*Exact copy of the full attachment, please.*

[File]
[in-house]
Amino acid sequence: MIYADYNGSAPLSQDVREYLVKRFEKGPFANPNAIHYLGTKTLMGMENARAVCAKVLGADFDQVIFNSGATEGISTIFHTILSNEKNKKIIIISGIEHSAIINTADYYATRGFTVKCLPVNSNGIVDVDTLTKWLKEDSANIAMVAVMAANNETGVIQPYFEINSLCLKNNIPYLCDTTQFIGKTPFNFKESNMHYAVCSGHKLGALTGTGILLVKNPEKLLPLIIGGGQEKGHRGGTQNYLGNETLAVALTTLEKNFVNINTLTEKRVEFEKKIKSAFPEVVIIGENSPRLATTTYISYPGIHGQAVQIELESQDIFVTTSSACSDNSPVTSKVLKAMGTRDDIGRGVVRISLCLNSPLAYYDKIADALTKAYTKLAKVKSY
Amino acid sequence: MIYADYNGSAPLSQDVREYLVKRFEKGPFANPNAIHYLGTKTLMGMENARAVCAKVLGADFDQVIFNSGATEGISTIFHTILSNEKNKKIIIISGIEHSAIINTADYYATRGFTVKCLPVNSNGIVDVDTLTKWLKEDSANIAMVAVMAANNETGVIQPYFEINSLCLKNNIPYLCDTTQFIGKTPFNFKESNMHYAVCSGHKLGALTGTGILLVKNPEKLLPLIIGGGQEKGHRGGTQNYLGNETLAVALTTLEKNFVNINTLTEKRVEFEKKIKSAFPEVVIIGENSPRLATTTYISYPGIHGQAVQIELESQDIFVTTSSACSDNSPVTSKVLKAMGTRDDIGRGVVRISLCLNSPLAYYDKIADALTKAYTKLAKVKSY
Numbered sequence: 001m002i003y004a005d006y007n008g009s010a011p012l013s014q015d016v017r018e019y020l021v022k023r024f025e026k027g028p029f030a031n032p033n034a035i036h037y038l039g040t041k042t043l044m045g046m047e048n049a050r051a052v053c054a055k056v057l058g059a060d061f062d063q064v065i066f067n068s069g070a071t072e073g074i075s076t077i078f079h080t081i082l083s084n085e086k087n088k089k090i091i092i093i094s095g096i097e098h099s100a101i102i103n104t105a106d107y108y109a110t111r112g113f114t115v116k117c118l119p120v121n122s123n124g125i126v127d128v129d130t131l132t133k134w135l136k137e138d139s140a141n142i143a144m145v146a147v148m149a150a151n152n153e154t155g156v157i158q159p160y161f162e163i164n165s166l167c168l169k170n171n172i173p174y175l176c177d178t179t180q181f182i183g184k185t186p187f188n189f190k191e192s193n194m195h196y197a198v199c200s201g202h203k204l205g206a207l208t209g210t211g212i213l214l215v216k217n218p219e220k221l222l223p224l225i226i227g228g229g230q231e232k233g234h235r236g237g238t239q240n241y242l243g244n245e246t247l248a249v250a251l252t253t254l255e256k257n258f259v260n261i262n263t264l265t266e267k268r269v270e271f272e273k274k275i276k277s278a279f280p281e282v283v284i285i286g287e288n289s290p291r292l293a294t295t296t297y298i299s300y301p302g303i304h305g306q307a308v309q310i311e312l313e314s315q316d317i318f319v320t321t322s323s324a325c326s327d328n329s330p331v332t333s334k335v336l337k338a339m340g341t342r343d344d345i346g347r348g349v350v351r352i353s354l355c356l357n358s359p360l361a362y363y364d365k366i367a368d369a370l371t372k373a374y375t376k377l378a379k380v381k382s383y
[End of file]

[in-house]
Amino acid sequence: MIYADYNGSAPLSQDVREYLVKRFEKGPFANPNAIHYLGTKTLMGMENARAVCAKVLGADFDQVIFNSGATEGISTIFHTILSNEKNKKIIIISGIEHSAIINTADYYATRGFTVKCLPVNSNGIVDVDTLTKWLKEDSANIAMVAVMAANNETGVIQPYFEINSLCLKNNIPYLCDTTQFIGKTPFNFKESNMHYAVCSGHKLGALTGTGILLVKNPEKLLPLIIGGGQEKGHRGGTQNYLGNETLAVALTTLEKNFVNINTLTEKRVEFEKKIKSAFPEVVIIGENSPRLATTTYISYPGIHGQAVQIELESQDIFVTTSSACSDNSPVTSKVLKAMGTRDDIGRGVVRISLCLNSPLAYYDKIADALTKAYTKLAKVKSY
Amino acid sequence: MIYADYNGSAPLSQDVREYLVKRFEKGPFANPNAIHYLGTKTLMGMENARAVCAKVLGADFDQVIFNSGATEGISTIFHTILSNEKNKKIIIISGIEHSAIINTADYYATRGFTVKCLPVNSNGIVDVDTLTKWLKEDSANIAMVAVMAANNETGVIQPYFEINSLCLKNNIPYLCDTTQFIGKTPFNFKESNMHYAVCSGHKLGALTGTGILLVKNPEKLLPLIIGGGQEKGHRGGTQNYLGNETLAVALTTLEKNFVNINTLTEKRVEFEKKIKSAFPEVVIIGENSPRLATTTYISYPGIHGQAVQIELESQDIFVTTSSACSDNSPVTSKVLKAMGTRDDIGRGVVRISLCLNSPLAYYDKIADALTKAYTKLAKVKSY
Numbered sequence: 001m002i003y004a005d006y007n008g009s010a011p012l013s014q015d016v017r018e019y020l021v022k023r024f025e026k027g028p029f030a031n032p033n034a035i036h037y038l039g040t041k042t043l044m045g046m047e048n049a050r051a052v053c054a055k056v057l058g059a060d061f062d063q064v065i066f067n068s069g070a071t072e073g074i075s076t077i078f079h080t081i082l083s084n085e086k087n088k089k090i091i092i093i094s095g096i097e098h099s100a101i102i103n104t105a106d107y108y109a110t111r112g113f114t115v116k117c118l119p120v121n122s123n124g125i126v127d128v129d130t131l132t133k134w135l136k137e138d139s140a141n142i143a144m145v146a147v148m149a150a151n152n153e154t155g156v157i158q159p160y161f162e163i164n165s166l167c168l169k170n171n172i173p174y175l176c177d178t179t180q181f182i183g184k185t186p187f188n189f190k191e192s193n194m195h196y197a198v199c200s201g202h203k204l205g206a207l208t209g210t211g212i213l214l215v216k217n218p219e220k221l222l223p224l225i226i227g228g229g230q231e232k233g234h235r236g237g238t239q240n241y242l243g244n245e246t247l248a249v250a251l252t253t254l255e256k257n258f259v260n261i262n263t264l265t266e267k268r269v270e271f272e273k274k275i276k277s278a279f280p281e282v283v284i285i286g287e288n289s290p291r292l293a294t295t296t297y298i299s300y301p302g303i304h305g306q307a308v309q310i311e312l313e314s315q316d317i318f319v320t321t322s323s324a325c326s327d328n329s330p331v332t333s334k335v336l337k338a339m340g341t342r343d344d345i346g347r348g349v350v351r352i353s354l355c356l357n358s359p360l361a362y363y364d365k366i367a368d369a370l371t372k373a374y375t376k377l378a379k380v381k382s383y